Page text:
How can Joe Biden, himself a creature of the Senate, overcome these obstacles? Two ways. First, like all modern presidents, he will rule like a monarch, issue orders, amend legislation by signing statements and order his bureaucracies to issue rules. Our democracy is so great that we are rarely governed by detailed laws duly passed by our elected representatives. We are ruled by presidential fiat and bureaucratic dictates. This fundamental constitutional transformation took off in the mid-1960s when Lyndon Johnson approved the Great Society's programs. Since then, only Ronald Reagan and Donald Trump have tried to resist Washington's growing power and, within it, the growing power of the executive and federal agencies.
Second, if Biden really needs to pass laws, then he and Schumer need to build a workable majority on the Senate floor and on committees. Unless they kill Filibuster rule, building that majority requires Republican cooperation. McConnell will only offer it if he wins major power-sharing concessions.
Meanwhile, House Speaker Nancy Pelosi has her hands full controlling her diminished Democratic majority. Pelosi cannot afford to lose many liberals, progressives, pragmatists or the dwindling number of moderates in her caucus if she expects to pass legislation on strict party lines. That's where any Senate compromise will bite the House. Democrats and Republicans in the Senate will only agree on centrist legislation, which will no doubt frustrate progressives and conservative Republicans alike on Capitol Hill and across the country. When those compromise notes make it to the House, progressives in Pelosi's caucus will object. If they refuse to pass the bill, Pelosi cannot pass it with democratic votes alone. She needs support from House Minority Leader Kevin McCarthy and the more moderate members of his caucus.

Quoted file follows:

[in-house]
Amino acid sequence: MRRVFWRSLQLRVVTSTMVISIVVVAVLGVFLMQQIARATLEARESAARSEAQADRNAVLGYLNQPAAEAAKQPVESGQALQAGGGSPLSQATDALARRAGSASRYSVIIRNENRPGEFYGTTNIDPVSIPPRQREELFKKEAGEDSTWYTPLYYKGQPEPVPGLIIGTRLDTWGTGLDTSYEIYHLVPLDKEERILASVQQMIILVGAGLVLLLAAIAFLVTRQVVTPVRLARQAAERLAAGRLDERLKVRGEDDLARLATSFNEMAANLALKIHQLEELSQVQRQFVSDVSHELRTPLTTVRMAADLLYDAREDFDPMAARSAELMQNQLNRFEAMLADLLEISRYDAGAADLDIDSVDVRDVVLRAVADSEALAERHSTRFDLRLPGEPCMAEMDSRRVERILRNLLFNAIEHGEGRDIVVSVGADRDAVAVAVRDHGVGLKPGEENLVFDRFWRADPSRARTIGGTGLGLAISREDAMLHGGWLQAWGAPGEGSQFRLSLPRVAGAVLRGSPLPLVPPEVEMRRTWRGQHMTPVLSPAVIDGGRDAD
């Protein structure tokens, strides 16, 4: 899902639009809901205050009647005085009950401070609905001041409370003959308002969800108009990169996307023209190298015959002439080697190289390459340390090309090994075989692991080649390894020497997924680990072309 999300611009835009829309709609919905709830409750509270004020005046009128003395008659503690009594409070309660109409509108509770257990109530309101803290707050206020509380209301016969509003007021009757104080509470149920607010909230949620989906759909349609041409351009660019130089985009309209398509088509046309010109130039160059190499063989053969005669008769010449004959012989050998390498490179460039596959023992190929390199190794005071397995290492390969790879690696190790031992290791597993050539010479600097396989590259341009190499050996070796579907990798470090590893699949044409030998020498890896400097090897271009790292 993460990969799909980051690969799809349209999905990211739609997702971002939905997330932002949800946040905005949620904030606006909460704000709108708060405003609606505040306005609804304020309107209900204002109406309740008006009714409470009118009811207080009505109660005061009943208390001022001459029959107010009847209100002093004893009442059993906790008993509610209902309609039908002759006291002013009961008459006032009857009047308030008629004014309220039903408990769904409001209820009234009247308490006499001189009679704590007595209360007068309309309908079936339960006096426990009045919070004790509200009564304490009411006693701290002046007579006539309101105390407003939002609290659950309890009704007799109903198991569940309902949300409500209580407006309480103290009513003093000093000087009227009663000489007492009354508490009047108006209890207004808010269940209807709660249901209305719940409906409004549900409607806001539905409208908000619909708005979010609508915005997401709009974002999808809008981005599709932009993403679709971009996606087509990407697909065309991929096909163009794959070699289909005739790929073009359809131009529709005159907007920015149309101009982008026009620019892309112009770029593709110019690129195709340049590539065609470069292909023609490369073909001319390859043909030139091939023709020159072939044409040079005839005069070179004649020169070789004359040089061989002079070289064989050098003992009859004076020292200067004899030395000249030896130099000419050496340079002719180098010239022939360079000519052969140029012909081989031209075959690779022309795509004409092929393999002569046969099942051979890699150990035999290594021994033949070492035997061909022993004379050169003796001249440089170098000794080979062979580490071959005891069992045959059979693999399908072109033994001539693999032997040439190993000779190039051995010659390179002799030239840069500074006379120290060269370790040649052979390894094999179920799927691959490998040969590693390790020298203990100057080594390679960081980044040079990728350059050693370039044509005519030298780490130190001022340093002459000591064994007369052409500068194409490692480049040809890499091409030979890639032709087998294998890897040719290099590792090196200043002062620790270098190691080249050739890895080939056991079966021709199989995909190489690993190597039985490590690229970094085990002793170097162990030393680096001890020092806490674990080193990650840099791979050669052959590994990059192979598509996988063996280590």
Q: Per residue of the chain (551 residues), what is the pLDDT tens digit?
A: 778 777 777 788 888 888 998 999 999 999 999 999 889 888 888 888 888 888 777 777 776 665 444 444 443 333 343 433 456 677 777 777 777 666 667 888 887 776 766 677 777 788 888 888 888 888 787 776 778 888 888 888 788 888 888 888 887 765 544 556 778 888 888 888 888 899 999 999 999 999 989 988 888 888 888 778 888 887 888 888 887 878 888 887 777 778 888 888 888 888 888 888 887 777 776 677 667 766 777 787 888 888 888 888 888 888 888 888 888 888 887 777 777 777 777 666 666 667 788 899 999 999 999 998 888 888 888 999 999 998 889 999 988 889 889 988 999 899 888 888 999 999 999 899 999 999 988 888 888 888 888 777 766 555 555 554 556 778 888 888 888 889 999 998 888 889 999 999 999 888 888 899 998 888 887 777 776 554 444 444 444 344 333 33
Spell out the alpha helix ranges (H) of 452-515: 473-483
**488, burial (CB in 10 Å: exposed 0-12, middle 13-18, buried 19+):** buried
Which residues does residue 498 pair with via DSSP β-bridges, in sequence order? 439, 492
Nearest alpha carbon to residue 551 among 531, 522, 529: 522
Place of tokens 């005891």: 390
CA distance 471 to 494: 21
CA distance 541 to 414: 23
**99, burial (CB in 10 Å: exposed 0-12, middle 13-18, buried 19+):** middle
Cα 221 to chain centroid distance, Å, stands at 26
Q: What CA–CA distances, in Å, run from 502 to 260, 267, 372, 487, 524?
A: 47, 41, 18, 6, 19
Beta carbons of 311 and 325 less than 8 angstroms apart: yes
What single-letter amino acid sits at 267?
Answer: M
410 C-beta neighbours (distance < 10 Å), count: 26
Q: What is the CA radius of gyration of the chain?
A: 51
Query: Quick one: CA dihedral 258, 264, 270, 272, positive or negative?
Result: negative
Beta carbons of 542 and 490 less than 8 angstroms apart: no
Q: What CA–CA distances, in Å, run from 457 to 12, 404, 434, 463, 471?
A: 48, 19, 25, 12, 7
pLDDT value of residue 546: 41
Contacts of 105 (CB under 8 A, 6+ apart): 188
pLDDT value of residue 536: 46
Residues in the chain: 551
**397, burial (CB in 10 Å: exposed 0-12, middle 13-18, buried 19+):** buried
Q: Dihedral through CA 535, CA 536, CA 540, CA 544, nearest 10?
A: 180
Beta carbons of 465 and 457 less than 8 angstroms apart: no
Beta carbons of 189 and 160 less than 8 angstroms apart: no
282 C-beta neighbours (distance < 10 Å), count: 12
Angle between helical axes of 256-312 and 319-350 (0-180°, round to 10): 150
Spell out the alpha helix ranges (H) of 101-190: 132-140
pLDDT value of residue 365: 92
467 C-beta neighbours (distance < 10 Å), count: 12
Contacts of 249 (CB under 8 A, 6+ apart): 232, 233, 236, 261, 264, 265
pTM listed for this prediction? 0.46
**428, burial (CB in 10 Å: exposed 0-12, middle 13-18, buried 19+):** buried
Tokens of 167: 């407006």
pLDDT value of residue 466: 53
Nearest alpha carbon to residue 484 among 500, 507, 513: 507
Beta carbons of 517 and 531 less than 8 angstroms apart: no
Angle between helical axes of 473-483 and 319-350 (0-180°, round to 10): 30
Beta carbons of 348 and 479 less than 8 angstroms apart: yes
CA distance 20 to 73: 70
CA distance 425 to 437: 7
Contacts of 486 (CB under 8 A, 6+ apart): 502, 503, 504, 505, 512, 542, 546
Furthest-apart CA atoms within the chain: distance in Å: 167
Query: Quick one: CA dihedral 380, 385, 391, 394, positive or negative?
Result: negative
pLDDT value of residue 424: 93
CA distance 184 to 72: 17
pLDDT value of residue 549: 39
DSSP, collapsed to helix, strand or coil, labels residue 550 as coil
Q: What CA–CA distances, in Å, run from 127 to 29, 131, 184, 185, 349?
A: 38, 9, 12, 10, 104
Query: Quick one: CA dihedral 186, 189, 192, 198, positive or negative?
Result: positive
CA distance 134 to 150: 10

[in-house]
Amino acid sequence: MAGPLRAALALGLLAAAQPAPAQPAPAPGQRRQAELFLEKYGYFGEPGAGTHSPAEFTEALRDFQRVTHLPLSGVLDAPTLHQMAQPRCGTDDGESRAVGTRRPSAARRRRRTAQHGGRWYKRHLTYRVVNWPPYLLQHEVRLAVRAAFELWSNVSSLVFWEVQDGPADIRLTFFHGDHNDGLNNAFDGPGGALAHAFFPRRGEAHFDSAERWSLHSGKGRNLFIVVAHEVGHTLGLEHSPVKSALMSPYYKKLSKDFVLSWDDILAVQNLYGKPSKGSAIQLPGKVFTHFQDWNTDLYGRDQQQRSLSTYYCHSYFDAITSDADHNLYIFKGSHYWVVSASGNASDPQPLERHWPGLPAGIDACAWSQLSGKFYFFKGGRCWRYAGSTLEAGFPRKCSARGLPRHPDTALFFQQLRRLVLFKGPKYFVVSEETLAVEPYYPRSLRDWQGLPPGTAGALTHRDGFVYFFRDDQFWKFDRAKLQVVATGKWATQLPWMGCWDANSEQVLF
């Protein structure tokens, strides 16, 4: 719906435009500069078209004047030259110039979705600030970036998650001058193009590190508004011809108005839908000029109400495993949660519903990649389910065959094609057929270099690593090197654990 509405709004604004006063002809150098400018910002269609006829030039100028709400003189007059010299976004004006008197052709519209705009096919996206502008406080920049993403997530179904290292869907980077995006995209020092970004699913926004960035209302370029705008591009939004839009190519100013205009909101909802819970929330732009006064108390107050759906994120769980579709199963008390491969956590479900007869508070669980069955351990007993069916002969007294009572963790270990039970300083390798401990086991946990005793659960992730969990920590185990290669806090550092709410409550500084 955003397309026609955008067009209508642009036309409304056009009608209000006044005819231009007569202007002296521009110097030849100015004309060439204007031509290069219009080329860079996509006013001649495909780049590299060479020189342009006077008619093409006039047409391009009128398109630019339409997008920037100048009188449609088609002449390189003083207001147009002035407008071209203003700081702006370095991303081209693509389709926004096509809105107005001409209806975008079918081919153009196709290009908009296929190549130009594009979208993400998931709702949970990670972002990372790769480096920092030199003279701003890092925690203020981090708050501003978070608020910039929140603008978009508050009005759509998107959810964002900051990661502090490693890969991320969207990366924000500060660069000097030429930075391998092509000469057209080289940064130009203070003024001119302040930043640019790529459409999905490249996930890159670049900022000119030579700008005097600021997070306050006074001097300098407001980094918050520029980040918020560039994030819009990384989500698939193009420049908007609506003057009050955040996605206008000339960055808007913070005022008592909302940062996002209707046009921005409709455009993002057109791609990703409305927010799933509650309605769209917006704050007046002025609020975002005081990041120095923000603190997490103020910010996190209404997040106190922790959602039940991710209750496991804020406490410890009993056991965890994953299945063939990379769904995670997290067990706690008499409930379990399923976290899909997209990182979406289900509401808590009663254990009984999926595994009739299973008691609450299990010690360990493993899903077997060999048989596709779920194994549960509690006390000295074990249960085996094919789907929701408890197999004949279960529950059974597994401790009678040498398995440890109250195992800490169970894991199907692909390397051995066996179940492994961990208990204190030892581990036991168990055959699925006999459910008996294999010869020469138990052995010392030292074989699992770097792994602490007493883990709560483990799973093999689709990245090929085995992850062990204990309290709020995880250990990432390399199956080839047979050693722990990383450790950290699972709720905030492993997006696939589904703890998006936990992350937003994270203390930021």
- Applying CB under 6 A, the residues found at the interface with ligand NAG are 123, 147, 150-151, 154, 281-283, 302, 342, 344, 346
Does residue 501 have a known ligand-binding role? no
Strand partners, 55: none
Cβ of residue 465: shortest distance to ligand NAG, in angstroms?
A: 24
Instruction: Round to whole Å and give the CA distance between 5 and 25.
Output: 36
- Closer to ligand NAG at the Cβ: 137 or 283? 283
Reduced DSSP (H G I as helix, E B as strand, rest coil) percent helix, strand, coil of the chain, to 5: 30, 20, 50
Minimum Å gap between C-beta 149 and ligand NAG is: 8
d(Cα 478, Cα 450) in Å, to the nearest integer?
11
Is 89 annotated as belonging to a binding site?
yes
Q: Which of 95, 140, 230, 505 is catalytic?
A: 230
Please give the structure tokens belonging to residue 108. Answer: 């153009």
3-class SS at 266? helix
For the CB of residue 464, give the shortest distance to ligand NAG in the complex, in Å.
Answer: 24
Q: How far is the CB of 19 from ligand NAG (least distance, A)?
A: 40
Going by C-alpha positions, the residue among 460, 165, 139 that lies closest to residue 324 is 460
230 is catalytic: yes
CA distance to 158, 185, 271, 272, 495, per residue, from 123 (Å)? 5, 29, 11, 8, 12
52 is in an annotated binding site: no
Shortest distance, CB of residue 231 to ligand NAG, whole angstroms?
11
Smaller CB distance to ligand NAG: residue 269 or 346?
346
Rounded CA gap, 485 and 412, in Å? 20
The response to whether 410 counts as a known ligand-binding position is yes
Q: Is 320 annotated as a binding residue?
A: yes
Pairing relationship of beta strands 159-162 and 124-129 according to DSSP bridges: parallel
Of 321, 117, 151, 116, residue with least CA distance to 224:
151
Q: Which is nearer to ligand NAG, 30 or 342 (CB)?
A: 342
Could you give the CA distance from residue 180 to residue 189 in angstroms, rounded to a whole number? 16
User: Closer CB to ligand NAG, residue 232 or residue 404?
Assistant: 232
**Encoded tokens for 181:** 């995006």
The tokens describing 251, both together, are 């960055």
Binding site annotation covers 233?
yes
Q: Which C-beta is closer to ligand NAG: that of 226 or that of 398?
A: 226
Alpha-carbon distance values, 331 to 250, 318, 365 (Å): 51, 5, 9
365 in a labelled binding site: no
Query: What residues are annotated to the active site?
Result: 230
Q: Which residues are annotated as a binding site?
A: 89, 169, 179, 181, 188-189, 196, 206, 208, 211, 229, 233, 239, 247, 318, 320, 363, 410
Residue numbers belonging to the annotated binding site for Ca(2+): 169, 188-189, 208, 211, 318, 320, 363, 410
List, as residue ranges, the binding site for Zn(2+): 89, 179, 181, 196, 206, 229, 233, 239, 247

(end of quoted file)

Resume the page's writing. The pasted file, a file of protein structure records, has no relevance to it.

Pelosi has never needed Republican help before, and her eagerness to overthrow Donald Trump a second time indicates she's not looking for it now. On Thursday she said she had no intention of giving Trump a "get out of jail free" card. On Friday, she said she will pass the article on the House impeachment to the Senate on Monday.
While the impeachment process will slow down the new government's agenda, it does not pose any real dilemmas for Biden. The president's really tough choices dictate how progressive his agenda will be, how much new laws he needs to enforce it, and how much bipartisan support he needs to move forward.
It's all about how far left Biden will go to appease party activists, especially on policies that lack broad popular support. Of course he will send a "virtue signal" with executive orders and some appointments, especially with regard to the environment, labor, education and civil rights. All of them involve major democratic constituencies. But those constituencies alone are not enough to win national elections. Figuring out how to build a broader coalition without alienating the party's progressive parties is the most far-reaching dilemma facing President Biden and his new administration.
. (tagsToTranslate) Elizabeth Warren (t) Bernie Sanders (t) Left Wing (t) Progressive (t) Joe Biden